Jekyll - How to show “This article can be read by *** minutes” on CJK articles

9 minute read A

Excert of Liquid tags from my current html file

At first, you have to define characters_per_minute and site.locale in a html file or _config.yml. like,

characters_per_minute: 500

or

 <html lang="{{ site.locale | slice: 0,2 | default: "ja" }}">


Also, I am using ui-text.yml to show context of articles correctly depending on site’s defined language. This setting is not absolutely neccesary if you don’t use Minimal-Mistakes as your Jekyll theme.

Just in case, I show you the directory in where I put ui-text.yml.

  • “project_name”/data/ui-text.yml

Okay then, the liquid tags below is one of the conclusion for the problem.

{% assign document = post | default: page %}
// The value of characters_per_minute depends on your language. e.g. Japanese people read 500 chrs per minute on average.
{% assign characters_per_minute = document.characters_per_minute | default: site.characters_per_minute | default: 500  %}
{% assign words = post.content | strip_html | strip_newlines | size %}

{% if words < characters_per_minute %}
// If you don't use ui-text.yml, you can write just like
// less than 1 minute read
  {{ site.data.ui-text[site.locale].less_than | default: "less than" }} 1 {{ site.data.ui-text[site.locale].minute_read | default: "minute read" }}
{% elsif words == characters_per_minute %}
    1 {{ site.data.ui-text[site.locale].minute_read | default: "minute read" }}
{% else %}
  {{ words | divided_by:characters_per_minute }} {{ site.data.ui-text[site.locale].minute_read | default: "minute read" }}
{% endif %}

If you’re new to Jekyll’s liquid tags, I reccomend you to check the site below.

If you define en as your site’s default language and set up ui-text.yml correctly, you’ll see ”** minute read” on your page. In addition, if you wanna show an image of clock before the text, you’ll take a fancy to using Font Awesome.

If you are familiar with Jekyll and some front-end tech., I reccomend you to read this example below. Maybe this source will help your understanding.

Looooong backgrounds of this article

From Jekyll version 4.1.0, which was published on 27 May 2020, new arguments( CJK and auto) for number_of_wirds became usabel. Congrats! You can read description of the options↓.

The difference of CJK and auto is,

Passing ‘auto’ (auto-detect) works similar to ‘cjk’ but is more performant if the filter is used on a variable string that may or may not contain CJK chars.

So, by using auto-option, jekyll can return more accurate word counts in a case of articles which consist of some kinds of languages; e.g. sentences and programs. Taking a close look at the web page which I introduced right now,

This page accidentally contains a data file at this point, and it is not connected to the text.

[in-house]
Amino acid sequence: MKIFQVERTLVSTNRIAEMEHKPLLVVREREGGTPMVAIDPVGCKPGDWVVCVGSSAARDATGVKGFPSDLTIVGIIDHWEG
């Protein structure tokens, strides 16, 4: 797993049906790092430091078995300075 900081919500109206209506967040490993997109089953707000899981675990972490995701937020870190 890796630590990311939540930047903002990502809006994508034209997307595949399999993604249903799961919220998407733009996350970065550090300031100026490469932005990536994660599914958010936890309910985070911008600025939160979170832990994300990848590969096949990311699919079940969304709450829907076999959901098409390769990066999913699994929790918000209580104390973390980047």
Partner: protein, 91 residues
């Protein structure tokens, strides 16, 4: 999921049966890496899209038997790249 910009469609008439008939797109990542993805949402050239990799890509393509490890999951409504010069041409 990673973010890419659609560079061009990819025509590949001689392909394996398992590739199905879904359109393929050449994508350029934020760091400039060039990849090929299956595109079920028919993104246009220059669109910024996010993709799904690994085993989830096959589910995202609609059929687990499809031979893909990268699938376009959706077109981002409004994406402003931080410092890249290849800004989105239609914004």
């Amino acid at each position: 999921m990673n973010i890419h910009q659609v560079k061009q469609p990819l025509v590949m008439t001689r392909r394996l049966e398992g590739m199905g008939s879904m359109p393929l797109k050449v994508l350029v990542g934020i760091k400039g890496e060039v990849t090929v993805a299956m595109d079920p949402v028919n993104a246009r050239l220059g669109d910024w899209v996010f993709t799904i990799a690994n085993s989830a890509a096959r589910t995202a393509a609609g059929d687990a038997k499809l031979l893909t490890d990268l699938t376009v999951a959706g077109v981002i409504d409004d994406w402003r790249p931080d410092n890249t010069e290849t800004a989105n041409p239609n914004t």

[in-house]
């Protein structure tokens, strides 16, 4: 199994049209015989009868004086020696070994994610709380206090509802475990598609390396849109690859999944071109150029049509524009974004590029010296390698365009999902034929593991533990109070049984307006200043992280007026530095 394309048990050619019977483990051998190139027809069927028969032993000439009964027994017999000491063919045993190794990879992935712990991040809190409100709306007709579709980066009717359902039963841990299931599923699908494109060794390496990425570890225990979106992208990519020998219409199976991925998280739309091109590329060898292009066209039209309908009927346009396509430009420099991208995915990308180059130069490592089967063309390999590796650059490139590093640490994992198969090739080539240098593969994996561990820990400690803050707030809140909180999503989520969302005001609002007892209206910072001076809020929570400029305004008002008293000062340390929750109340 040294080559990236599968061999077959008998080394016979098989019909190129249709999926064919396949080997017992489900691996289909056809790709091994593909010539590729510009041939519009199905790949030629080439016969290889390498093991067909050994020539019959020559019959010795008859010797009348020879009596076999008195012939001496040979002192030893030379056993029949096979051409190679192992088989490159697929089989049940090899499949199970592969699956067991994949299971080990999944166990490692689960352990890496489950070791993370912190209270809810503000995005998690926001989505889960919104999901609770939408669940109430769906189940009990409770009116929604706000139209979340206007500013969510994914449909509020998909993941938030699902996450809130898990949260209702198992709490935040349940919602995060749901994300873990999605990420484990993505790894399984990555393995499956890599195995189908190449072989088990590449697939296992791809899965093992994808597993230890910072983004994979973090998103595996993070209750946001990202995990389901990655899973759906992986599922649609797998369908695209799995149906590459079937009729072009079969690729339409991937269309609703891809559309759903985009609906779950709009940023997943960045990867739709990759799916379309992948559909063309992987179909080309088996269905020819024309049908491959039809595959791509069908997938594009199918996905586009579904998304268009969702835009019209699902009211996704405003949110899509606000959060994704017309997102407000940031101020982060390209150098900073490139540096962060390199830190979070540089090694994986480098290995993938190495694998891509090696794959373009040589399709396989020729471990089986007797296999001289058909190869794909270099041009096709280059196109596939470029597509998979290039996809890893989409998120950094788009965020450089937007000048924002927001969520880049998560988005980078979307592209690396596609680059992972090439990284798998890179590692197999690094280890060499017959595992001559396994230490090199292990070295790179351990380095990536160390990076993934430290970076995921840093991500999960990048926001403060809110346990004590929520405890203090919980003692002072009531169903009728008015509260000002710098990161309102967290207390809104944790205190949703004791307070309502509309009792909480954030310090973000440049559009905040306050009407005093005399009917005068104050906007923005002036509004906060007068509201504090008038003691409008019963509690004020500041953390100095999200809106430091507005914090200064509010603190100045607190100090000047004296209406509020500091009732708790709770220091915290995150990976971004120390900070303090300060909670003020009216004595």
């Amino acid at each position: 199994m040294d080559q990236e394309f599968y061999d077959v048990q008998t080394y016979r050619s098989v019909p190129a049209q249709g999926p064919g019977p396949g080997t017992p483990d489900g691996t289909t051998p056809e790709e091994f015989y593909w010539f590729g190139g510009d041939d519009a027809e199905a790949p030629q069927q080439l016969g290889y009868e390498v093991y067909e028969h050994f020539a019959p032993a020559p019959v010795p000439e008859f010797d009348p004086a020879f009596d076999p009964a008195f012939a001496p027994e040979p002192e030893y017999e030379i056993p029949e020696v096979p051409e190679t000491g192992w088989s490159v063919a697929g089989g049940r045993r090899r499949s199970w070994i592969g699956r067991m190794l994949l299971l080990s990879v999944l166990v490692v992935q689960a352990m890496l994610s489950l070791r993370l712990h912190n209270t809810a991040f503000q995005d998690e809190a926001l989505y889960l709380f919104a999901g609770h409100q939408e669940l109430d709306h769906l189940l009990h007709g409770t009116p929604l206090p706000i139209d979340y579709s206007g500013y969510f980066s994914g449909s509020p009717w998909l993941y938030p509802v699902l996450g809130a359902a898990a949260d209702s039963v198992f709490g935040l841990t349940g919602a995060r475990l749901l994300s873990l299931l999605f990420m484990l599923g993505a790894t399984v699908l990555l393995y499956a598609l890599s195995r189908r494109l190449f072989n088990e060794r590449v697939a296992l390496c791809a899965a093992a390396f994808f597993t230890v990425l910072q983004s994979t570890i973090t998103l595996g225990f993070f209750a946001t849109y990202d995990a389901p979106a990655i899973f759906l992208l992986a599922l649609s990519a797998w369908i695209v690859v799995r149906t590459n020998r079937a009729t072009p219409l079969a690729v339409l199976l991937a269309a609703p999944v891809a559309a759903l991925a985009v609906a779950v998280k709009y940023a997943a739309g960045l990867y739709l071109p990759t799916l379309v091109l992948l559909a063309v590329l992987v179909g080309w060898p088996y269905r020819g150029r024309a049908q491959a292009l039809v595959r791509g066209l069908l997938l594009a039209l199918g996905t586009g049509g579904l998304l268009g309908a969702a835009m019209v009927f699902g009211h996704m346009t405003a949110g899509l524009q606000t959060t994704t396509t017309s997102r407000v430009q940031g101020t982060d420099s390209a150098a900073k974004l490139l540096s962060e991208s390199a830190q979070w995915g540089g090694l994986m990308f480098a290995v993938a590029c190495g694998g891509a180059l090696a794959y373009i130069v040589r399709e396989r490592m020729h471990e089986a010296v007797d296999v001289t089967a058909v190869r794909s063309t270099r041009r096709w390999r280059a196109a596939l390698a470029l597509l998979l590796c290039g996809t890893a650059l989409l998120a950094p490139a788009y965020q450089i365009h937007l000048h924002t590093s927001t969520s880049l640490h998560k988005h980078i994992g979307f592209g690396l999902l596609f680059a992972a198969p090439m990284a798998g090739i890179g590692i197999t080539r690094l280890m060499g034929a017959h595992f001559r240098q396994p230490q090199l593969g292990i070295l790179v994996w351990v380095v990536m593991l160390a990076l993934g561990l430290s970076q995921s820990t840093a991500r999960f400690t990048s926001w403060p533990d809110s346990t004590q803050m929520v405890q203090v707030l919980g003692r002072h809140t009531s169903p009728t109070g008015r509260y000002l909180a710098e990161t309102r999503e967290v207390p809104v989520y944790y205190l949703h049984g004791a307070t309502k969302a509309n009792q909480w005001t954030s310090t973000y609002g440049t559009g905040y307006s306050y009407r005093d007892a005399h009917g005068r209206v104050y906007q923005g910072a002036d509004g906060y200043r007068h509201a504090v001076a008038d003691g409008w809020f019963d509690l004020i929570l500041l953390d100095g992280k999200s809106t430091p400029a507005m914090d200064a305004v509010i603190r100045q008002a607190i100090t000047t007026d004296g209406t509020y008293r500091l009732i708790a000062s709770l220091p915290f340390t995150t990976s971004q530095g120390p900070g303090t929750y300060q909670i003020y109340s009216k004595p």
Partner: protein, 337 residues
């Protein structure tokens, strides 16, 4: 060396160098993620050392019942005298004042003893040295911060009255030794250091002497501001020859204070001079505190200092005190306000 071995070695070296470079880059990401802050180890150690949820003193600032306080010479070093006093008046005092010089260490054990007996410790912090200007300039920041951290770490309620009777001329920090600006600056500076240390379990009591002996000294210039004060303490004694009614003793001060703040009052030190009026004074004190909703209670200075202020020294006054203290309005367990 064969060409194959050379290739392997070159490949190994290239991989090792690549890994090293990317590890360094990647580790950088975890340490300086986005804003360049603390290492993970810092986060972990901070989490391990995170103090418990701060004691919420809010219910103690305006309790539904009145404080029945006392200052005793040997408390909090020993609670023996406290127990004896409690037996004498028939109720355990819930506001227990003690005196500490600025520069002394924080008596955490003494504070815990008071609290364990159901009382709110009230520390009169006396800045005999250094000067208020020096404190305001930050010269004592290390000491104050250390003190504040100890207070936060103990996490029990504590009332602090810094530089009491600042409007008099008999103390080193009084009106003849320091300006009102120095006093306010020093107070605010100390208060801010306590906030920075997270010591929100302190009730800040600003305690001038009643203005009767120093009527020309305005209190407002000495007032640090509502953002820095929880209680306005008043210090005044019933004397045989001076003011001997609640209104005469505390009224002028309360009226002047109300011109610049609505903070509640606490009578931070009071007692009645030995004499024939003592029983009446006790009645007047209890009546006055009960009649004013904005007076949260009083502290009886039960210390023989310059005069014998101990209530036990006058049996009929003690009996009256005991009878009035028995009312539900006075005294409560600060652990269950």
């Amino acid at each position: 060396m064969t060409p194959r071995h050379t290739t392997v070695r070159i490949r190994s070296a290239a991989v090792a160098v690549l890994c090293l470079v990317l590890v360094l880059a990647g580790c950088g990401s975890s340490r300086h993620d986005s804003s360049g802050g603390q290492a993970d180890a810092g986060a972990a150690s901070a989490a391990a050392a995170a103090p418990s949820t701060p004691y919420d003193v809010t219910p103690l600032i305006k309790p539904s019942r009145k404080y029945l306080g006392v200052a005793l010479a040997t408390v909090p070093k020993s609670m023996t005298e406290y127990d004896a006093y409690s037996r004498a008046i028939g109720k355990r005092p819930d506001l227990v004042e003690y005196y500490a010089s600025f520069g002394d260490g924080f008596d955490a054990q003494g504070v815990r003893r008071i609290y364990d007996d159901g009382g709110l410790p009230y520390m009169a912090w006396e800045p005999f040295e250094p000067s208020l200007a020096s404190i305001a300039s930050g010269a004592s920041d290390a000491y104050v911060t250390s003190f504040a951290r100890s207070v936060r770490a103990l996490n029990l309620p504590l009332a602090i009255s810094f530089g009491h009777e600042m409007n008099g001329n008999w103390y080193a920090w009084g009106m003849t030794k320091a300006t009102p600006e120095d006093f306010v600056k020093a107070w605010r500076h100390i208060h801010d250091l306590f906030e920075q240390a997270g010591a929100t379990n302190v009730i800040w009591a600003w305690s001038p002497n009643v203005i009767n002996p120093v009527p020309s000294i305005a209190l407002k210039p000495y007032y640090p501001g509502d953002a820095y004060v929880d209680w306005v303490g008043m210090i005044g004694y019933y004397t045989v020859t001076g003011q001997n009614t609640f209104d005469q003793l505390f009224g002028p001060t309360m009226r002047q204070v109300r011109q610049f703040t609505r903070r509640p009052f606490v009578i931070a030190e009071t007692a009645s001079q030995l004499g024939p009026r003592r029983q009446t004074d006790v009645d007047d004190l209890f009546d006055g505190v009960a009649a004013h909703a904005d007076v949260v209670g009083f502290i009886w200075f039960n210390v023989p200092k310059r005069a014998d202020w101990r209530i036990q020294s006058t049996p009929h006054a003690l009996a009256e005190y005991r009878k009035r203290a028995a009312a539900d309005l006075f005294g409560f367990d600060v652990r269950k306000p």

{{ "hello world" | number_of_words }}

the count of number of the words is 2 by “hello” and “world”.

{{ "你好hello世界world" | number_of_words }}

The count of number of the words is 1 because there aren no spaces bw words.

{{ "你好hello世界world" | number_of_words: "cjk" }}

The count is 6.

{{ "你好hello世界world" | number_of_words: "auto" }}

The count is 6. Awesome…

Problem I faced

Talking about Minimal-Mistakes which I am using now, estimated reading time(ERT) was calculated like this.

The nuber of words in an article / Words-per-minute = ERT

In this case, words per minute, the number of words human can read within 1 minute, is used. In case of native Japanese speakers, it is said that they can read 500 characters in one minute. On the other hand, it is said that nomral(not trained) native English speakers read 200 words in one minute.

Then you know, for CJK speakers, words-per-minute is definitely meaningless and only characters per minute is neccesary.

So, like the liquid tags above, I changed the equation from the previous one to,

The nuber of words in an article / Characters-per-minute = ERT

Remembering “CJK” and “auto” arguments which I mentioned before,

{{ "你好hello世界world" | number_of_words: "auto" }}
// counts: 6

this method only can count English words by the number of words and count CJK lang. by the number of characters!! so, in case of an article which consists of more than 2 langs. like ENG. and JAN., you can easily imagine its ERT can be extremely wrong value right?

Then,

{% assign characters_per_minute = document.words_per_minute | default: site.words_per_minute | default: 500  %}
{% assign words = post.content | strip_html | strip_newlines | size %}
// The number of words is stored in assign words.

writing this way, we can calculate the ERT by using characters_per_minute. All that remainds is to put the html into yours.

Summary

Someday, perhaps we will be able to show ERT by default Jekyll’s function idk, because Jekyll’s functions are gradually upgraded. Also, how to show CJK’s ERT is not described in any articles maybe so be sure give it a try!!

If you face some errors or you know any ohter methods, let me know that. I can receive any messages in Twitter’s DM.

One Comment. ... For me, one of a Japanese, it’s diff. to look for pages which are relevat to appealing content.